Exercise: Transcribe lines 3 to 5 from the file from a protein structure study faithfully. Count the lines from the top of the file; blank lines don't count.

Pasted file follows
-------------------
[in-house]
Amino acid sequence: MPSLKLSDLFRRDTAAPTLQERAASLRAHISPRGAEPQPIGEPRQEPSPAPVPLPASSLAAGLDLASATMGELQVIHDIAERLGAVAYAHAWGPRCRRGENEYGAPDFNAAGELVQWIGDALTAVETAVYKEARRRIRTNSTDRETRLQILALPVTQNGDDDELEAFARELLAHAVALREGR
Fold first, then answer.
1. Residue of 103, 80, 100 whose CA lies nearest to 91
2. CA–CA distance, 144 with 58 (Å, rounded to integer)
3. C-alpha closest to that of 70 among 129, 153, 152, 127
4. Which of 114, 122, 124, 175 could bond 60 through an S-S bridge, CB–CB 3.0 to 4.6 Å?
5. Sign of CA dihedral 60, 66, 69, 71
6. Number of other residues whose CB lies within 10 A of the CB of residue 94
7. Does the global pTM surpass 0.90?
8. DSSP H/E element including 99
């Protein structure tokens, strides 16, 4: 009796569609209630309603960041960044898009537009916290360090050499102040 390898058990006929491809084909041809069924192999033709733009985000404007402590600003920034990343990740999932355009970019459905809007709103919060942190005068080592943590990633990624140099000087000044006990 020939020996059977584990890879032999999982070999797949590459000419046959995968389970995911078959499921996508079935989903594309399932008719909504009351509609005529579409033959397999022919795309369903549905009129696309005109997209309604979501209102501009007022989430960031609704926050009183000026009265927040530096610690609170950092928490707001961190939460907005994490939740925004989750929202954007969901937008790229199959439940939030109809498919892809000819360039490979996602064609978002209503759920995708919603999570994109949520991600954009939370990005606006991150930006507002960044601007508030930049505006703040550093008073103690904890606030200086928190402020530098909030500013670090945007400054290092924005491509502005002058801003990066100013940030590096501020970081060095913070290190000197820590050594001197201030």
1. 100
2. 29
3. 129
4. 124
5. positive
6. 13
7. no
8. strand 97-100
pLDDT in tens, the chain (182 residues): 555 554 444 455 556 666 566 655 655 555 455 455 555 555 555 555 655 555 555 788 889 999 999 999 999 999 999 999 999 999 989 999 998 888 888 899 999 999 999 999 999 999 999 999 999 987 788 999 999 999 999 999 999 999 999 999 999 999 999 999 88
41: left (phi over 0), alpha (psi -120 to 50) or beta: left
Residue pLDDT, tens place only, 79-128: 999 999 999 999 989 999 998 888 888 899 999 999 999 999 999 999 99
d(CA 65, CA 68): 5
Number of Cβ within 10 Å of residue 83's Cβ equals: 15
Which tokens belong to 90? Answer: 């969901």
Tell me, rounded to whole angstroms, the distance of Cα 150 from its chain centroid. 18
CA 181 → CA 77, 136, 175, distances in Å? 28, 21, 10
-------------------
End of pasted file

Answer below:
Fold first, then answer.
1. Residue of 103, 80, 100 whose CA lies nearest to 91
2. CA–CA distance, 144 with 58 (Å, rounded to integer)